Astronomers Just Spotted a Massive Galaxy Orbiting the Milky Way

April 18, 2016 | Joanne Kennell

Milky Way photo, silhouettes of tree
Photo credit: pixabay.com

It is just one of four newly-discovered objects that are falling into our galaxy.

A team of British astronomers has discovered an extremely luminous dwarf galaxy orbiting our Milky Way. This new member of the galaxy family has been named Crater 2 dwarf, and it lies roughly 380,000 light-years away.

Gabriel Torrealba, Sergey Koposov, Vasily Belokurov, and Mike Irwin, all from Cambridge University, UK, made the discovery while analyzing images taken by the VLT Survey Telescope in northern Chile.

About four dozen known galaxies orbit our own, and the largest of them all is Sagittarius dwarf, which was discovered in 1994. However, the reason why it is so large is because our galaxy’s gravity is ripping it apart. The next largest are the Large and Small Magellanic Clouds, followed by the newly spotted gigantic Crater 2.

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Since most galaxies do not have defined edges, astronomers often express a galaxy’s size in terms of its “half-light diameter” — a region that encloses the brightest part of the galaxy and emits half its light. The Crater 2 dwarf has a half-light diameter of 7,000 light-years, which means that if we could see it, it would look twice as big as a full moon.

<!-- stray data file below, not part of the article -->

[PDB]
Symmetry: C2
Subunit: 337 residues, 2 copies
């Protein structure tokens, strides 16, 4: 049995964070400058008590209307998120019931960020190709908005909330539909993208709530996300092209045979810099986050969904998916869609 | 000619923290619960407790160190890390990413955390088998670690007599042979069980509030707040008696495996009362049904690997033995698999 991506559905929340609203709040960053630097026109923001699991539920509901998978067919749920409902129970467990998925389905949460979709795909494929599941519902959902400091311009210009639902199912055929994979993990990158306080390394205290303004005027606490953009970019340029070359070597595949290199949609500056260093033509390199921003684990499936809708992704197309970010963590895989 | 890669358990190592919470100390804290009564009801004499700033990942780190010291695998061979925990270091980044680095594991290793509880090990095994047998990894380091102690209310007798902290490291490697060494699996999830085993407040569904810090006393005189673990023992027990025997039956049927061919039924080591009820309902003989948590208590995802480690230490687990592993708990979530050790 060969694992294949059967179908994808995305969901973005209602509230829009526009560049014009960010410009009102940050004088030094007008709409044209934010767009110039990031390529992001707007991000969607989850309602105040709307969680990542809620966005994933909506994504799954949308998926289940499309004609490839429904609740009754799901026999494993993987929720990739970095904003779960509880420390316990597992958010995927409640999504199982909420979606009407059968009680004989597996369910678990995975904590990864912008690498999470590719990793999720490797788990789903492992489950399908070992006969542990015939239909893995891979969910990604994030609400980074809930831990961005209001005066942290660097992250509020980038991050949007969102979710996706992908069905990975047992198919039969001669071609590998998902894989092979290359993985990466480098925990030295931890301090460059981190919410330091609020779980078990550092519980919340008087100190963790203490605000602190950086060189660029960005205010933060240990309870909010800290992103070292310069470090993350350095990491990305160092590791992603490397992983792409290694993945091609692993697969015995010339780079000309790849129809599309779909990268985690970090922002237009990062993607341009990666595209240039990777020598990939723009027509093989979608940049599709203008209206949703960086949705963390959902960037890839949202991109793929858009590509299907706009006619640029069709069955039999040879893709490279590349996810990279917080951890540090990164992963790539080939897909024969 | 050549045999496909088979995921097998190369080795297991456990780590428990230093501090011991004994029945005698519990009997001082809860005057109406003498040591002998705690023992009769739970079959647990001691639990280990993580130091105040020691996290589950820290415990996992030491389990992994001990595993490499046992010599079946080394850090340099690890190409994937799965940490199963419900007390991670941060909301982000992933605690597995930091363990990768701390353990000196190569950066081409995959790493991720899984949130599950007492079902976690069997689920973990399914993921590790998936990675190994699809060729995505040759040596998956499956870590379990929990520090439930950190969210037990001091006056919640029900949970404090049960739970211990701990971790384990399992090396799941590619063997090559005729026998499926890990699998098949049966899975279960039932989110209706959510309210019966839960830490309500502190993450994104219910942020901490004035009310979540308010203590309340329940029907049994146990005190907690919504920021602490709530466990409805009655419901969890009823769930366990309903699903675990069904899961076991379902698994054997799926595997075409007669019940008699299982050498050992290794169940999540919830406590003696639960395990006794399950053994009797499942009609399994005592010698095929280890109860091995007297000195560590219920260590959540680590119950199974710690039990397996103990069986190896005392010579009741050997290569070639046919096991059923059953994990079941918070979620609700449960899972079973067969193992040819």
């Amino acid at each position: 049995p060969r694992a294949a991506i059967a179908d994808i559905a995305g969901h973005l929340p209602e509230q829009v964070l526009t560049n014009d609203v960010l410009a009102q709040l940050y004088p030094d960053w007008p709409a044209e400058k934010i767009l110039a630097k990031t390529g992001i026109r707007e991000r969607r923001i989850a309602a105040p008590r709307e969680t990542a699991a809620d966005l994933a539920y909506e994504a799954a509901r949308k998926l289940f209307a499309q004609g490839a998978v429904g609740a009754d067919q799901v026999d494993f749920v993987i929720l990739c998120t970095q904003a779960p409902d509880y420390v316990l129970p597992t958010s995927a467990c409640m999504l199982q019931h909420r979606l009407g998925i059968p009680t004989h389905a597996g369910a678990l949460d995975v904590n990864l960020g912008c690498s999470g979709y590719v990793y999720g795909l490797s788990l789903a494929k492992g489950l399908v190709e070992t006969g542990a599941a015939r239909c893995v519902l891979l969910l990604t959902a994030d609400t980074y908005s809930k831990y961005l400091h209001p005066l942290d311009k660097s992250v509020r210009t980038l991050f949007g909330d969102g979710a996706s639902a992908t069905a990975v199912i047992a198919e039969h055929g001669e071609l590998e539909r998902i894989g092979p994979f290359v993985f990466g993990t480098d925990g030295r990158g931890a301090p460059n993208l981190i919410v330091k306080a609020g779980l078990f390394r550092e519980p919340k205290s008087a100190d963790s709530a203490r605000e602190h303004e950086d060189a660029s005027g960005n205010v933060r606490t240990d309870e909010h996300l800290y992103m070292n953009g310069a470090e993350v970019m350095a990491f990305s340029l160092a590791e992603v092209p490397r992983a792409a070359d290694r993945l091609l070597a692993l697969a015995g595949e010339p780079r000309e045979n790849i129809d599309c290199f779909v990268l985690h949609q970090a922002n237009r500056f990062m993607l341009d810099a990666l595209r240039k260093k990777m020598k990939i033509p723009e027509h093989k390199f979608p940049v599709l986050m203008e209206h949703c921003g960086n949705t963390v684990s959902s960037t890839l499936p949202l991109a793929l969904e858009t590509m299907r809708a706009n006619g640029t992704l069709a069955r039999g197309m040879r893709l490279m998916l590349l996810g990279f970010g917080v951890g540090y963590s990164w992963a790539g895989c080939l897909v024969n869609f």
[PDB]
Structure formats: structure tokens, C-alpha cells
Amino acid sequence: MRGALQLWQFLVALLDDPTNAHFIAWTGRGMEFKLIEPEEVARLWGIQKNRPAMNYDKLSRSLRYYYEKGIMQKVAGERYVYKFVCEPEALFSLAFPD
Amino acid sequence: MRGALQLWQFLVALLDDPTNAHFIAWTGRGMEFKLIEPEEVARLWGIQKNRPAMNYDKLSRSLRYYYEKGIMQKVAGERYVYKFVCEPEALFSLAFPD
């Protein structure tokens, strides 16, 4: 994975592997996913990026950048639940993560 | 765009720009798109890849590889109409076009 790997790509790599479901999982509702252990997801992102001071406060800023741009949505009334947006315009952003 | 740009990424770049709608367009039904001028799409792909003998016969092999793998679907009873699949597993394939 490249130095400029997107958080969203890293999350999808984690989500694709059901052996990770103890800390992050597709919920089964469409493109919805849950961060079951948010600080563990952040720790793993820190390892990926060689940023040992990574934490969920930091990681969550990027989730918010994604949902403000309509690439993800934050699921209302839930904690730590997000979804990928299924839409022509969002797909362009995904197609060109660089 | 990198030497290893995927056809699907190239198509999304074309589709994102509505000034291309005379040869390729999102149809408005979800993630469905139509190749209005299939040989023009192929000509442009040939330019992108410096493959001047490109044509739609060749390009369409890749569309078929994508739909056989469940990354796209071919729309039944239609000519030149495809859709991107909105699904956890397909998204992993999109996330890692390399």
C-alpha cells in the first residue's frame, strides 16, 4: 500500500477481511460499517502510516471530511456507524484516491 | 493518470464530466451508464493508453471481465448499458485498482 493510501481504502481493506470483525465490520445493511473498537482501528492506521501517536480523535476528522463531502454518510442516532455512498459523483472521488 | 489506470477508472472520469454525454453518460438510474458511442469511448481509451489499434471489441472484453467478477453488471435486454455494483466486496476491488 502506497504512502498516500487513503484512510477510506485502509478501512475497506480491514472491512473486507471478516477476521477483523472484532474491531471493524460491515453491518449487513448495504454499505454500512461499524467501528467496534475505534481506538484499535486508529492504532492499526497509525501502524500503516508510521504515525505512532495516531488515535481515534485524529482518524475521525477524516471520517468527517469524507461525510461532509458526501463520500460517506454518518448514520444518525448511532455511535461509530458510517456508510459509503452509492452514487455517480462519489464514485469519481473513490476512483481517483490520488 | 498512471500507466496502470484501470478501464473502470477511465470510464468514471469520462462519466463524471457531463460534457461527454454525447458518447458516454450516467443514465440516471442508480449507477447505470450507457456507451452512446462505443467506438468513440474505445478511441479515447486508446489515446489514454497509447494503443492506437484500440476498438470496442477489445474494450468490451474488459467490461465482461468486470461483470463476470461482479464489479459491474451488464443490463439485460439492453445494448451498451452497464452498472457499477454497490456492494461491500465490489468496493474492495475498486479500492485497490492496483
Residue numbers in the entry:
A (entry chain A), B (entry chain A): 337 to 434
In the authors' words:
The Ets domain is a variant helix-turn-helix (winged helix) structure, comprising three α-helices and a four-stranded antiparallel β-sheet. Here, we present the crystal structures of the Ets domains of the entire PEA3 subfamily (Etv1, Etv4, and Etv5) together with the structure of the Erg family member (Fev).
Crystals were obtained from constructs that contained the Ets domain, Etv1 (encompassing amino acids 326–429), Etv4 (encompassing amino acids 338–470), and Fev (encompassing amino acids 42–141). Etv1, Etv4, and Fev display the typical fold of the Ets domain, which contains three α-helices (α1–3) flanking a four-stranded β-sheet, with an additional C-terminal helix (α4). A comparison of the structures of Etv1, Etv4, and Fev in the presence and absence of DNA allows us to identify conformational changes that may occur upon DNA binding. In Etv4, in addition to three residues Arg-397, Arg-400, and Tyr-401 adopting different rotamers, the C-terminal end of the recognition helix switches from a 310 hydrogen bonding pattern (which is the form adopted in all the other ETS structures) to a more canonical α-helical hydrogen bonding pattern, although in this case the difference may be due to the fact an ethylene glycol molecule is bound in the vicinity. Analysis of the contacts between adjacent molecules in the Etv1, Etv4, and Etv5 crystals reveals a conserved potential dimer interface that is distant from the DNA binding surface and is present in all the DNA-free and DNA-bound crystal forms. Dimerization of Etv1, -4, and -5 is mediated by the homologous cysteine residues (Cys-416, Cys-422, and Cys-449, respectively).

Josh Simon, an astronomer at the Carnegie Observatories in Pasadena, California, told New Scientist that the galaxy is quite notable because it is brighter than almost all of the galaxies found orbiting the Milky Way during the past decade. It emits 160,000 times more light than the sun.

Although the entire Crater 2 dwarf galaxy is not visible to the human eye, individual stars within it are, and that is part of the reason why the galaxy eluded astronomers for so long. Its stars are spread so far apart from one another, it gives the galaxy a ghostly appearance which is not as eye-catching or noticeable as a more tightly packed galaxy.

According to model simulations of galaxy formation, our Milky Way grew to such an enormous size by the merging of smaller galaxies. The simulations also suggest that whole groups of galaxies can fall into a single giant at the same time — an event Crater 2 is currently experiencing.

Until now, Crater 2 has led a quiet life, never traveling near a giant galaxy. Astronomers know this because the galaxy is round. If it had encountered a giant galaxy during its lifetime, gravity would have bent the dwarf out of shape.

However, according to Torrealba, this galaxy is not alone. Crater 2 dwarf is near four other newly-found objects: the Crater globular cluster, as well as three dwarf galaxies in the constellation Leo. All of these celestial bodies may be part of a group that is just beginning to fall into the Milky Way. But don’t worry, that process takes eons.

The results of the paper were published in the Monthly Notices of the Royal Astronomical Society and online at arxiv.org.

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